Steam Zone Temperature Gradients at The Geysers

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Temperature logs, which have been run routinely in The Geysers geothermal wells, have been used to indicate the depth corresponding to the top of the steam zone. This steam chest is marked by temperatures which exceed 400ºF and by a sharp change in temperature gradient. Above the steam chest heat transfer is largely by conduction, so that the gradient depends on heat flux and thermal conductivity. Within the steam chest, which is highly fractured, heat is transferred via the vertical fractures by convective reflux as well. This being a much more effective mechanism, the temperatures are more nearly isothermal. The ... continued below

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16-20

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Hite, J.R. & Fehlberg, E.L. December 1, 1976.

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Temperature logs, which have been run routinely in The Geysers geothermal wells, have been used to indicate the depth corresponding to the top of the steam zone. This steam chest is marked by temperatures which exceed 400ºF and by a sharp change in temperature gradient. Above the steam chest heat transfer is largely by conduction, so that the gradient depends on heat flux and thermal conductivity. Within the steam chest, which is highly fractured, heat is transferred via the vertical fractures by convective reflux as well. This being a much more effective mechanism, the temperatures are more nearly isothermal. The existence of this abrupt gradient change has been confirmed directly in U.S. Geothermal C-4 and C-5, where the temperature was logged from the surface into the upper unproductive portion of the steam chest. This report describes a model of the heat transfer within the steam chest. By comparing the model with temperature gradient data from a well, one can estimate the average vertical permeability within the reflux system. The model suggests that the average vertical permeability at The Geysers is less than 1 md in the upper unproductive portion of the steam chest. Temperature data taken from this portion of the steam chest indicates that the reservoir is considerably less isothermal than previously assumed. The dynamic effects of the reflux system should be included in any study of transient well behavior or in any estimate of deliverable reserves. 3 refs., 2 figs.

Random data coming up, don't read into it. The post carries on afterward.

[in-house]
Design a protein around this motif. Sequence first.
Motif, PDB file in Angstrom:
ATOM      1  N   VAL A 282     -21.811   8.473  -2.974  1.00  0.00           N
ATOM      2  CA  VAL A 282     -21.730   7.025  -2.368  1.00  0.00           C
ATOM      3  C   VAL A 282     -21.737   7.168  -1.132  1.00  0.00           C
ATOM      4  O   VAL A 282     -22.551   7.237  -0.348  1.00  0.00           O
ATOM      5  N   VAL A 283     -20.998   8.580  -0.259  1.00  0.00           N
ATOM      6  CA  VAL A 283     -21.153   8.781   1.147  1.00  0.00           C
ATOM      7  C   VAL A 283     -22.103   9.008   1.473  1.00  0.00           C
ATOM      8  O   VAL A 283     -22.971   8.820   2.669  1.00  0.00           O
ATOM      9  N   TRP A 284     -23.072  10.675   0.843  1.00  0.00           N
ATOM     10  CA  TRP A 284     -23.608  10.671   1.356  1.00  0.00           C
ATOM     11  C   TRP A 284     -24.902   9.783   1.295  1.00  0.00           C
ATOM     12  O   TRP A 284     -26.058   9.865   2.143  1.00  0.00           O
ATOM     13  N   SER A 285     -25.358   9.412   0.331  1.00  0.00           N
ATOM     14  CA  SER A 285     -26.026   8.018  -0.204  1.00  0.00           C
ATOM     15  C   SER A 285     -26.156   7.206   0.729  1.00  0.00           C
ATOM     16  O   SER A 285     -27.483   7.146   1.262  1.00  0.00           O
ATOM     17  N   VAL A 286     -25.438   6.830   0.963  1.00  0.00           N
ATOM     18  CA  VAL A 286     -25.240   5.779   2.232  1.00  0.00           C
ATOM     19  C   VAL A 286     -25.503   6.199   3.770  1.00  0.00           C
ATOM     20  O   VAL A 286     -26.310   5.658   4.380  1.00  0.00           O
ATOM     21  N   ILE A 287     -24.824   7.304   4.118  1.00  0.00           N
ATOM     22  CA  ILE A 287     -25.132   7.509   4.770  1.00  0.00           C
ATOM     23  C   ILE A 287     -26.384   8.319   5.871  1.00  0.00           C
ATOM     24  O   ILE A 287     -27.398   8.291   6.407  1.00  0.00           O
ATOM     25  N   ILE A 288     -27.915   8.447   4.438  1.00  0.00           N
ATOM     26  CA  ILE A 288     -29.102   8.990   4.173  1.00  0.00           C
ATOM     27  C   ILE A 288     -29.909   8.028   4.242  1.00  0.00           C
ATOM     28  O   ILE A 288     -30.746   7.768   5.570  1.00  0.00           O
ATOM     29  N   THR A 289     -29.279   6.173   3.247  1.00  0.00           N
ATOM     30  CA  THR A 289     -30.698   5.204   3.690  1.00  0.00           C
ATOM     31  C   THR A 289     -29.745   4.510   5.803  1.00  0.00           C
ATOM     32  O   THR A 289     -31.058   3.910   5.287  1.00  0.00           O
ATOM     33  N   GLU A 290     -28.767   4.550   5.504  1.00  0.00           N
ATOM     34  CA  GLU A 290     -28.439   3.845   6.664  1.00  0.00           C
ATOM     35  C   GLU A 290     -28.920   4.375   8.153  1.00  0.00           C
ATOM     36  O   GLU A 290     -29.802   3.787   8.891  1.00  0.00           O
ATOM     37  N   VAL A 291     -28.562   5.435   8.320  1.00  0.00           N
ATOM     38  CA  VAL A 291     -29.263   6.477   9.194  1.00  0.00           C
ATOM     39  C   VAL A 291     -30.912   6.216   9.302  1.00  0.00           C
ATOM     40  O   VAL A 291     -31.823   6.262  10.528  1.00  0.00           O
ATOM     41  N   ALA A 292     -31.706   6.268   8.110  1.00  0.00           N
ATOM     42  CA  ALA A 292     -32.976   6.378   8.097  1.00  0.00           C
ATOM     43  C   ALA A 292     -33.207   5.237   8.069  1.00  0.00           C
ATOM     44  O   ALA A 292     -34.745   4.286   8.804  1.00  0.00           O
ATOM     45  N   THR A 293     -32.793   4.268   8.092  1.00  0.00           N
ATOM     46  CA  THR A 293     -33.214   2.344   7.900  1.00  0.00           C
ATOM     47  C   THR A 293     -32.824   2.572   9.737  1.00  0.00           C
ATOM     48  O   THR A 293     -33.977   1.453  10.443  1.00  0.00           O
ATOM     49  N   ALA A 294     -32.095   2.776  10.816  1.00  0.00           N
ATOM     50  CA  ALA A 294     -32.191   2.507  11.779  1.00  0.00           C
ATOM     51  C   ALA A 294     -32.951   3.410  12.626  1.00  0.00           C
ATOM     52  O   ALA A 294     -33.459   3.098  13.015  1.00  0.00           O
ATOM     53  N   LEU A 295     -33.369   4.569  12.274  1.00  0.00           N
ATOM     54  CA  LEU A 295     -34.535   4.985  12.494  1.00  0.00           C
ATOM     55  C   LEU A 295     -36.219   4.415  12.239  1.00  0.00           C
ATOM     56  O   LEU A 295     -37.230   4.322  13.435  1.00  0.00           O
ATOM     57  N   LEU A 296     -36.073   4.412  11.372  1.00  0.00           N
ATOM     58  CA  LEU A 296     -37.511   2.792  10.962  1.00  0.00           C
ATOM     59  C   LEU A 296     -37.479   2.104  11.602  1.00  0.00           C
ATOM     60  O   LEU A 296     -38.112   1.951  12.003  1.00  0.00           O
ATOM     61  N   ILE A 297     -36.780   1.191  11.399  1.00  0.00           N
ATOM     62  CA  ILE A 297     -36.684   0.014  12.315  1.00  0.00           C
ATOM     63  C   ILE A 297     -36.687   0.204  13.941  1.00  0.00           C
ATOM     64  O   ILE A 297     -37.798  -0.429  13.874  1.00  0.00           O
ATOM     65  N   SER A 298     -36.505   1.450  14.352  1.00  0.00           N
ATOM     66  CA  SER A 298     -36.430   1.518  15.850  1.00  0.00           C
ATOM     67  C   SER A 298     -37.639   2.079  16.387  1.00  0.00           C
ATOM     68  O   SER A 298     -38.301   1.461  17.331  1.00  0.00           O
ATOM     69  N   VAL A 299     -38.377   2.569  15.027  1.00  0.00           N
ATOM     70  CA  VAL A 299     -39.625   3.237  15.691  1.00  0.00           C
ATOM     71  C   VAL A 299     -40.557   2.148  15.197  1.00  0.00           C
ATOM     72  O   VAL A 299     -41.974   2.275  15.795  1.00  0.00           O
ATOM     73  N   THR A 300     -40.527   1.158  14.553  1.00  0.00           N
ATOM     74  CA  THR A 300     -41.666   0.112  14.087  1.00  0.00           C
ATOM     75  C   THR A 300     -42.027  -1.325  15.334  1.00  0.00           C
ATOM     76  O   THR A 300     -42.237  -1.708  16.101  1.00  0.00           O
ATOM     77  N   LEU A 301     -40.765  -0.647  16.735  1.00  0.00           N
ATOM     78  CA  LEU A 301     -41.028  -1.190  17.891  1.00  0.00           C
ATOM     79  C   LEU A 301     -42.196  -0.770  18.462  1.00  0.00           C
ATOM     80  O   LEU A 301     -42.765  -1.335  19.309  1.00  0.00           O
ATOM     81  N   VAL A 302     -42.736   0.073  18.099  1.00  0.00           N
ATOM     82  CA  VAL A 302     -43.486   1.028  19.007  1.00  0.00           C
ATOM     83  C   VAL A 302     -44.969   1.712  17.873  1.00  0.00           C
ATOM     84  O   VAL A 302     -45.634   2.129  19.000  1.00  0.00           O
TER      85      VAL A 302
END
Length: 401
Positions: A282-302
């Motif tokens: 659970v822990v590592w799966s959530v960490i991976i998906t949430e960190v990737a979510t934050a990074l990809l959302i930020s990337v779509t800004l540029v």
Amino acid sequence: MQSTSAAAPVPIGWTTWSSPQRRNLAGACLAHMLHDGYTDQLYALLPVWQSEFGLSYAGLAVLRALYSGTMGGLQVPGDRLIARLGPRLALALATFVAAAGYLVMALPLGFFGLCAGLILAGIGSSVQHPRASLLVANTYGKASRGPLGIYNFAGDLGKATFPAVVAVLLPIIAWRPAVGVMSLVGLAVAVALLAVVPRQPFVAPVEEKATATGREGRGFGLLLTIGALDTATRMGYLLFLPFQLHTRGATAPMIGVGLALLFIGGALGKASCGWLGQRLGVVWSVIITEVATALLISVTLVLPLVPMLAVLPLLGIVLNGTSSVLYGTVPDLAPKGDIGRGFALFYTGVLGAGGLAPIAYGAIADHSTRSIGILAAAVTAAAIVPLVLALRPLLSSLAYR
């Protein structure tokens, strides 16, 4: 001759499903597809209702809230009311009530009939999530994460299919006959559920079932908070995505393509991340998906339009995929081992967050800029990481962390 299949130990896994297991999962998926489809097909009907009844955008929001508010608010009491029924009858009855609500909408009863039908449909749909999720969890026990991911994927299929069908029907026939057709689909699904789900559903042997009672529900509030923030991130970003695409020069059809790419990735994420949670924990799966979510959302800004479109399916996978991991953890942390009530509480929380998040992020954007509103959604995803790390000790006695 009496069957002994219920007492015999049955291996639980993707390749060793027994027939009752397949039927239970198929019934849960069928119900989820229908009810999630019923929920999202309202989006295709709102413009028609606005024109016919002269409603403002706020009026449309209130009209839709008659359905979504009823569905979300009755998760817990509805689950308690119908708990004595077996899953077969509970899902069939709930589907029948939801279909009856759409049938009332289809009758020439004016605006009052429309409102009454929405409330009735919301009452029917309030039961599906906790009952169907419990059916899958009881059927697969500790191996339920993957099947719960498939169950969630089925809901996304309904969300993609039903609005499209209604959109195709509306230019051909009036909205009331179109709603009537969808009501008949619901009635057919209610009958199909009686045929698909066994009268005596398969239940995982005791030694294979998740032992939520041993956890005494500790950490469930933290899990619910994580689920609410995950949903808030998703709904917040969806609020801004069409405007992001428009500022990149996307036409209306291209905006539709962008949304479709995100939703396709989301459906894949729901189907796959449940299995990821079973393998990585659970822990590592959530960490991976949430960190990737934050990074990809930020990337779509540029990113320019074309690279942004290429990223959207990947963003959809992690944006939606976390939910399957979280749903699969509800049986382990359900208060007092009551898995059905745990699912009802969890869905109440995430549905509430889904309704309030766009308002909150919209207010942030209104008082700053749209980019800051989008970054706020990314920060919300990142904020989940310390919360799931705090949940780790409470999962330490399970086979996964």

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16-20

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  • Proceedings Second Workshop Geothermal Reservoir Engineering, Stanford University, Stanford, Calif., December 1-3, 1976

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  • Report No.: SGP-TR-20-4
  • Grant Number: E043-326-PA-50
  • Office of Scientific & Technical Information Report Number: 887304
  • Archival Resource Key: ark:/67531/metadc885796

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Office of Scientific & Technical Information Technical Reports

Reports, articles and other documents harvested from the Office of Scientific and Technical Information.

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  • December 1, 1976

Added to The UNT Digital Library

  • Sept. 21, 2016, 2:29 a.m.

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  • Dec. 7, 2016, 9:42 p.m.

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Hite, J.R. & Fehlberg, E.L. Steam Zone Temperature Gradients at The Geysers, article, December 1, 1976; United States. (digital.library.unt.edu/ark:/67531/metadc885796/: accessed June 24, 2018), University of North Texas Libraries, Digital Library, digital.library.unt.edu; crediting UNT Libraries Government Documents Department.